Fighting back

Fighting back

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Fighting back

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From late September through the month of October, athletic programs around Wisconsin become focused on their push toward conference titles and the postseason. For several area schools, though, the period of time wasn’t just about focusing on accomplishing their preseason goals, but also about giving back to their communities.

Manitowoc Lincoln and Reedsville are just two examples of Manitowoc County high schools whose Fall athletic programs spearheaded efforts in late September and October to raise funds to be donated to local hospitals in an effort to aid in research to combat breast cancer. The pair each held nights in which funds were raised, as well as selling shirts with the proceeds being donated.

For Lincoln, this was the second year of participating in the Fox River Classic Conference’s plan to increase awareness of breast cancer. This year, the FRCC came up with a design that each of its member schools put on warm up shirts to be worn on Oct. 4. Last year, the Ships volleyball team had an away game for the FRCC’s chosen date, but in hosting Sheboygan North this year, for the first the squad was able to get all of Lincoln’s Fall sports programs involved in raising funds to be split between the breast cancer units at Aurora Medical Center and Holy Family Memorial.

Upon finding out the Ships volleyball team was hosting a breast cancer awareness match, Lincoln volleyball coach Mary Beth Dixon and assistant girls tennis coach Stephanie Henschel came together in an attempt to get every Lincoln Fall sports program involved, asking each player to sell as many shirts as possible.

“It makes the kids aware of all the difficulties people are going through. We talk about how many people are affected by breast cancer somewhere and it’s amazing to see the number that have been affected,” Dixon said. “I want the kids to feel like they are doing it for a purpose and not just wearing pink. I want them to see there is a meaning to it.”

Last year around 100 shirts were sold, so this year Dixon said the goal was to have every player sell about five shirts and top that number. The volleyball team alone doubled last year’s total and the final tally of shirts sold was above the 500 mark. But that was only a starter for where money was raised.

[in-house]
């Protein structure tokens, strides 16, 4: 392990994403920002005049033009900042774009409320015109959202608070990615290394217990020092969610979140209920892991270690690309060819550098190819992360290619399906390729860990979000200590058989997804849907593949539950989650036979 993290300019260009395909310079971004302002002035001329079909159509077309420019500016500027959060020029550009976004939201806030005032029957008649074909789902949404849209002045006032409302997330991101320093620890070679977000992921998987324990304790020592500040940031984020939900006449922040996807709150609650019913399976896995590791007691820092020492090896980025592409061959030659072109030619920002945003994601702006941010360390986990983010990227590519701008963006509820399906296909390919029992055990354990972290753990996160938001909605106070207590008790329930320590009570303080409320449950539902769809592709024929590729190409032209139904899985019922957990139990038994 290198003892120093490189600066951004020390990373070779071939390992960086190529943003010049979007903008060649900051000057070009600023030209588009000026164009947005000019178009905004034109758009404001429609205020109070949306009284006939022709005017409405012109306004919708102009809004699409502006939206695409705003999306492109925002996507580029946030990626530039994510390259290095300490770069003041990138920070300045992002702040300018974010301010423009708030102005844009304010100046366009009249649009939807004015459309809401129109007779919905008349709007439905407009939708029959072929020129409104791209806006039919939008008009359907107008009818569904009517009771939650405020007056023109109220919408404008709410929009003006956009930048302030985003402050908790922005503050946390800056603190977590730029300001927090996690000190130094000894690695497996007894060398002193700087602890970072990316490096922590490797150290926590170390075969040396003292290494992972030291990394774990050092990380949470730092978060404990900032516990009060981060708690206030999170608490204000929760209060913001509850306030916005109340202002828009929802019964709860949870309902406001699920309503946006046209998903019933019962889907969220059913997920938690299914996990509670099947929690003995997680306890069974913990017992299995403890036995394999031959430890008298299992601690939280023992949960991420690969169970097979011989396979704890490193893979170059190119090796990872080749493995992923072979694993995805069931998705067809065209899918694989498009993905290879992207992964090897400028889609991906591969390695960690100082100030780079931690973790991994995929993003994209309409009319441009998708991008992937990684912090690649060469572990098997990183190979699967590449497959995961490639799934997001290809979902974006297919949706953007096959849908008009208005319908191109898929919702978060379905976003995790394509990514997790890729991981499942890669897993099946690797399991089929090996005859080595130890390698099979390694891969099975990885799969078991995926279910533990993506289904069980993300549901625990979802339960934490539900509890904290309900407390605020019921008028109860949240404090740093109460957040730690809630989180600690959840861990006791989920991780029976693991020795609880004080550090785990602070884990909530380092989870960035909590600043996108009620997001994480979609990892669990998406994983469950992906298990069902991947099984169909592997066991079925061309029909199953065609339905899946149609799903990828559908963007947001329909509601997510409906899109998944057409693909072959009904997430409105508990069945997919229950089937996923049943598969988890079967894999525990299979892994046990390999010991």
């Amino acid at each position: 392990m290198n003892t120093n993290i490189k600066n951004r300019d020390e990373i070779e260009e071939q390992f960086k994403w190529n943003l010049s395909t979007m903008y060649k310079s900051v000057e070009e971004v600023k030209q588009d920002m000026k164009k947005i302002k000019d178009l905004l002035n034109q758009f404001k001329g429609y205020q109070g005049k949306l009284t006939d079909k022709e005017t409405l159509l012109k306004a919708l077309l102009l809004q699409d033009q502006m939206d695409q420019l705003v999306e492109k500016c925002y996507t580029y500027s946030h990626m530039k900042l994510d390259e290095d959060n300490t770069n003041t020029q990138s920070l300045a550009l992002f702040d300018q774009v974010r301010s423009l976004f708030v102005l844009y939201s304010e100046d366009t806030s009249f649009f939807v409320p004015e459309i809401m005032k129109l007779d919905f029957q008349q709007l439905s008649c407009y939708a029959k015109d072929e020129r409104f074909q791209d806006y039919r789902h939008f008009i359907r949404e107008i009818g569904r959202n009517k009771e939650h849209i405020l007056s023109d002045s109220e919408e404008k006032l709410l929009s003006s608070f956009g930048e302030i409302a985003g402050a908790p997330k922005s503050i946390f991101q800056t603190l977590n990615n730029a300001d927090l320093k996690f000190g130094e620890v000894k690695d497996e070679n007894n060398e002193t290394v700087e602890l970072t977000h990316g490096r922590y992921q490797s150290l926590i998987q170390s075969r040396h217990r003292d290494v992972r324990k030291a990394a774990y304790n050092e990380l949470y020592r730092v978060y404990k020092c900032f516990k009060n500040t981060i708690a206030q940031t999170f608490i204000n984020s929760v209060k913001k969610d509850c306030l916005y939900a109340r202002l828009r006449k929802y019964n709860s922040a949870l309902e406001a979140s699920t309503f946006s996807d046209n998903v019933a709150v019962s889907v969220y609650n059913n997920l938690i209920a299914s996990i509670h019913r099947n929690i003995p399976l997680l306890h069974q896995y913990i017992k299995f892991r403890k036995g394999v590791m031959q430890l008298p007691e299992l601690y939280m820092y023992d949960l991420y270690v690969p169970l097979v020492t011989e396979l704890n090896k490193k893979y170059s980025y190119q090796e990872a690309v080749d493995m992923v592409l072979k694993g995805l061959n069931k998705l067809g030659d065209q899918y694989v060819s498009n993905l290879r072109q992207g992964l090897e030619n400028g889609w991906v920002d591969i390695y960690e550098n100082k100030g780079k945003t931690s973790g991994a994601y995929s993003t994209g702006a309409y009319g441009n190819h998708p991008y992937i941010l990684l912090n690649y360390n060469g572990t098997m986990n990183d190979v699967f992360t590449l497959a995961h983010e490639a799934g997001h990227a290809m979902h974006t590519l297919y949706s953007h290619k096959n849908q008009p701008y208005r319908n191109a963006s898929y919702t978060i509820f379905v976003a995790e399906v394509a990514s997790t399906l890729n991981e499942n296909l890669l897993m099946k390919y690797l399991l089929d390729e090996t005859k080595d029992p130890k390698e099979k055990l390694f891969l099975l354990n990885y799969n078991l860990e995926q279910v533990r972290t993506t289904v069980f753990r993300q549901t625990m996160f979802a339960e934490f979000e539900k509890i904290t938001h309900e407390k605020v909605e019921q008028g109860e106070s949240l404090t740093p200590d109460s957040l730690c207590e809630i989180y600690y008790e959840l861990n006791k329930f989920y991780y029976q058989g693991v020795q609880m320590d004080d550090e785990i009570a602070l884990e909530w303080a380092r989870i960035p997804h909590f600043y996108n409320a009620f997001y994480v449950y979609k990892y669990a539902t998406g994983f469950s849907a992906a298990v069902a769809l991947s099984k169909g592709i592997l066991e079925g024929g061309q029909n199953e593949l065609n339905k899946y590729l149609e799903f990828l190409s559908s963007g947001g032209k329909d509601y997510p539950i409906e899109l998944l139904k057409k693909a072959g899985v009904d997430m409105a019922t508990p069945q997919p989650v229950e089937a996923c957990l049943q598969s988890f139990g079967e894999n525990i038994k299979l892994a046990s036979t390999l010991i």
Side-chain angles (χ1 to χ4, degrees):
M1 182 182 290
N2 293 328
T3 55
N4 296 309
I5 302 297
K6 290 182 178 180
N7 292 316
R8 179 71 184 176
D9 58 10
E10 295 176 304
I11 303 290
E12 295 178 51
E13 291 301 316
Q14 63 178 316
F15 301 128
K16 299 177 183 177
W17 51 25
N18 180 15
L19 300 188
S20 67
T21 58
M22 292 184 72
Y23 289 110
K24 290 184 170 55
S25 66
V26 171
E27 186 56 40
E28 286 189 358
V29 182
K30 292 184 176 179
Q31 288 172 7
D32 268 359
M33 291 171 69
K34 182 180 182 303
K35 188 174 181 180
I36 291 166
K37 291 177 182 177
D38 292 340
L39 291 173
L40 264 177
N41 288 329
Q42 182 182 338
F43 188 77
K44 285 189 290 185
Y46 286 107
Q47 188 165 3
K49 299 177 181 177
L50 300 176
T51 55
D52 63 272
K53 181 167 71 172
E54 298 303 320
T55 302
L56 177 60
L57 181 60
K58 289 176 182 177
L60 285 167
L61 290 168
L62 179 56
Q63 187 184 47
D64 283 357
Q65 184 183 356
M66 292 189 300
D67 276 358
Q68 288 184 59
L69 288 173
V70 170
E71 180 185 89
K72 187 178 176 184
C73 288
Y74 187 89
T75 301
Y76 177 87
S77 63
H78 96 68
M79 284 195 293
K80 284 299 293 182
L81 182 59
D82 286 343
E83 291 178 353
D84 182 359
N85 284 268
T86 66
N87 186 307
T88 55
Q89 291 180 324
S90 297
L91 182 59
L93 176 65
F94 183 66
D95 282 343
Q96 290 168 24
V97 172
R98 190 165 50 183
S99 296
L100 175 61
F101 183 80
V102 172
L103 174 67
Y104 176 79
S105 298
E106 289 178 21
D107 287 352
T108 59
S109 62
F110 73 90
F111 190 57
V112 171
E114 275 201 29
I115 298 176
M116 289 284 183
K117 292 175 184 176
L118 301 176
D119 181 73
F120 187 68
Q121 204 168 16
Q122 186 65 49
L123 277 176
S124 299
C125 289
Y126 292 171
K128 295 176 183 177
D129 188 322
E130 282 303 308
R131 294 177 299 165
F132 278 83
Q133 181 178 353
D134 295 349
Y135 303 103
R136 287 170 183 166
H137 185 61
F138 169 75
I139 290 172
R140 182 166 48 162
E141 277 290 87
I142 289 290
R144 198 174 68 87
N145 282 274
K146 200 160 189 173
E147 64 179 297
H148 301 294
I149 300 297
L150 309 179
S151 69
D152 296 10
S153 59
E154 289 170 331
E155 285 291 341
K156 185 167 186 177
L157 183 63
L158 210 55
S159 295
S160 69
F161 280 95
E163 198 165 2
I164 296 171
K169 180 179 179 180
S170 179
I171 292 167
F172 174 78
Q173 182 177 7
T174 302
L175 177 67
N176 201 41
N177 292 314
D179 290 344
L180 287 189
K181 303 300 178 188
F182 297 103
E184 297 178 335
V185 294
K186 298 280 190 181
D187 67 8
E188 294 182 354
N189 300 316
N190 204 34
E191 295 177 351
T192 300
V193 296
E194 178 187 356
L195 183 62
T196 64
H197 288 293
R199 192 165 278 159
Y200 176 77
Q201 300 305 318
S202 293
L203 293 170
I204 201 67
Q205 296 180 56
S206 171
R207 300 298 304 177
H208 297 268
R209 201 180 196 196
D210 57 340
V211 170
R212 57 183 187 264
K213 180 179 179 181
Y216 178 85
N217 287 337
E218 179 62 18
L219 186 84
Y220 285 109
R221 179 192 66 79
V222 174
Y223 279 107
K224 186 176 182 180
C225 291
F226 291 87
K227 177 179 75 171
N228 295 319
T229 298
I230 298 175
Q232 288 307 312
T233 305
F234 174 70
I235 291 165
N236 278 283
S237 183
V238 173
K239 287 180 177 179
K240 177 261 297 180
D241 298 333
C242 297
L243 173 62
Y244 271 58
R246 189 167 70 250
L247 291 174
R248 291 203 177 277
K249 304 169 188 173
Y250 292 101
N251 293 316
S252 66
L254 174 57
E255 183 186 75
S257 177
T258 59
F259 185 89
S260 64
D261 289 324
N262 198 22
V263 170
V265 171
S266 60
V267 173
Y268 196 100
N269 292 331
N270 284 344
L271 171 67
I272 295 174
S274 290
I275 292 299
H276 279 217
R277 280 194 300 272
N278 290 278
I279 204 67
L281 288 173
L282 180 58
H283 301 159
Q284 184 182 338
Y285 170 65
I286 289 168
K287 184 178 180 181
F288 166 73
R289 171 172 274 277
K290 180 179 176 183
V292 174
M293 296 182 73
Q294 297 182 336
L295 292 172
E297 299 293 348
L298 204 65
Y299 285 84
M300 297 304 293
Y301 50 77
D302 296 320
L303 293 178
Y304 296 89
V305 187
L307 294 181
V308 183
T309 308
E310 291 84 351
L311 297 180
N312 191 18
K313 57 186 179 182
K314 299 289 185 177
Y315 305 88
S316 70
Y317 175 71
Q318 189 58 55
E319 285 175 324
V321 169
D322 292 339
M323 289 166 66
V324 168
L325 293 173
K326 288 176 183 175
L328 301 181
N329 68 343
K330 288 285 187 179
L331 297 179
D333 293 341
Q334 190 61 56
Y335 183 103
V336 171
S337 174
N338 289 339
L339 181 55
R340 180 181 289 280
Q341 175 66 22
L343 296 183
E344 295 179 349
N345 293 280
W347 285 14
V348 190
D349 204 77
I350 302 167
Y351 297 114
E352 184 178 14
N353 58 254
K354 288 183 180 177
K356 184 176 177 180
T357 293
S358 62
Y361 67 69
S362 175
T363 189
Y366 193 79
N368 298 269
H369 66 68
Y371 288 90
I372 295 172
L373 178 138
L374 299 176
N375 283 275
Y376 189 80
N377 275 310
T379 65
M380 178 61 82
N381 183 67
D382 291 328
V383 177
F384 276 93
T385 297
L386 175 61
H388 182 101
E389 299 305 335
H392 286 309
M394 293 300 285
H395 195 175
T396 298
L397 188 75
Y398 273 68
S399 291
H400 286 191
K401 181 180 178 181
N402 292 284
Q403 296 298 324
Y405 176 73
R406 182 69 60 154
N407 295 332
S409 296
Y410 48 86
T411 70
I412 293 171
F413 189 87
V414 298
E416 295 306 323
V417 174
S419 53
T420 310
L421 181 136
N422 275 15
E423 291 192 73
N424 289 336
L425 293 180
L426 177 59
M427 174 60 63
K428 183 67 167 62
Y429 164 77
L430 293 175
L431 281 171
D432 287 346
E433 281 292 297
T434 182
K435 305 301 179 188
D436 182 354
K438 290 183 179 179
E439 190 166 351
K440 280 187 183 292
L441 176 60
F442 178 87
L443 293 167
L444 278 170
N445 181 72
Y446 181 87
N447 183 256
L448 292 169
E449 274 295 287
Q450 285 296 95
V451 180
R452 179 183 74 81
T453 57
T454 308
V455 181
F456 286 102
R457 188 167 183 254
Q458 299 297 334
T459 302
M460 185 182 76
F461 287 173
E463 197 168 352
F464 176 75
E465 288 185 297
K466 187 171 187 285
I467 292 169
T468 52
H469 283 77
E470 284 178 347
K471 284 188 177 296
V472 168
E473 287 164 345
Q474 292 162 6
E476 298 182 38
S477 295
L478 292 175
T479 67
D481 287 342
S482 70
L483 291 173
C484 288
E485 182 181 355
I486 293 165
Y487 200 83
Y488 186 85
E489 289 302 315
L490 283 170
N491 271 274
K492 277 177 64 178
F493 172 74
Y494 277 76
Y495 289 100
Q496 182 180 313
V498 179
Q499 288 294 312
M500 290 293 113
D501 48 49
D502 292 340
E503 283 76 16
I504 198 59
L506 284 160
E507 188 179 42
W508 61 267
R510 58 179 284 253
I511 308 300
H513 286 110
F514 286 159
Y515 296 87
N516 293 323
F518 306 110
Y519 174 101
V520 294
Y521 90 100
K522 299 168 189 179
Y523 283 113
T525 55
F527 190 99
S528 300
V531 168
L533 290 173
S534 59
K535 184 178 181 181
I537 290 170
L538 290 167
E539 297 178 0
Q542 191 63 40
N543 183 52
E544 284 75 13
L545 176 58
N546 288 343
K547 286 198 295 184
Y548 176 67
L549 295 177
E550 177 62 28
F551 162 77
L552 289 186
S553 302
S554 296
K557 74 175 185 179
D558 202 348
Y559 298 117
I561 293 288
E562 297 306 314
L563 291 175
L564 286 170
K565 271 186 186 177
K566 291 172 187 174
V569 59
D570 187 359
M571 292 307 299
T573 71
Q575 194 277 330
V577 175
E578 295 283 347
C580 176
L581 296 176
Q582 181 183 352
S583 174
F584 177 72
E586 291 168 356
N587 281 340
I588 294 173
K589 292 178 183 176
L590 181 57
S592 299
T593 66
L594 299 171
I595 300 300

Monetary contributions were also made from the Lincoln girls swim team which sold pink cupcakes and cookies, as well as the shirts, at last week’s Manitowoc Invite. Also, on Sept. 26, the $1 admission fee to see the Lincoln powder puff football game was donated, with many refusing to take change when paying with $5, $10 and $20 bills. And at the volleyball match, Lincoln’s Family and Consumer Education classes were selling pretzels dipped in pink frosting and pink light bulbs, along with handing out information on breast cancer.

In total, Lincoln’s efforts raised $4,800 Lincoln athletic director John Johnson said. Next week, those who helped put together the fund raiser will have their picture taken with a large mock check.

“Knowing we have coaches and student athletes that are that dedicated to this cause, while also being concerned about the school, it’s pretty cool and pretty humbling,” Johnson said. “It shows that there is a genuine care and concern for other people that are fighting this kind of battle and that our kids realize it’s a real issue and we need to continue to fight it so at some point in time it can be overcome and a cure can be found. There is a lot of pride there in knowing our kids and coaches will step up to do something like this.”

Reedsville’s fourth annual fund raising efforts took place near the end of September as the volleyball team held its breast cancer awareness night on Set. 25 while money was also raised by the football team at its Sept. 21 game. Bucket raffles were held at each event with prizes being from local businesses who had donated the items, with pink shirts also being sold. In the end, 200 shirts sold and more than $2,000 was raised.

“The girls really like doing it and I think it’s important for the girls to understand that it is important to give back to the community,” Reedsville volleyball coach Kristine Hanson. “It’s rare to find someone who doesn’t know someone who has been affected by breast cancer.”

Reedsville co-athletic director Steve Mirsberger credits Hanson with spearheading the fund raising, something the volleyball team, the school and the community look forward to each year.

“It’s one of first things (Hanson) puts on the schedule each year. The girls rally behind it, they look forward to it, they work at it and it’s a good team bonding experience,” Mirsberger said. “We may have lost the volleyball match that night, and yet we took a picture of everyone in the stands who was wearing a pink shirt and there were smiles all around because they had done something good and they knew that and they felt that.”

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Fighting back
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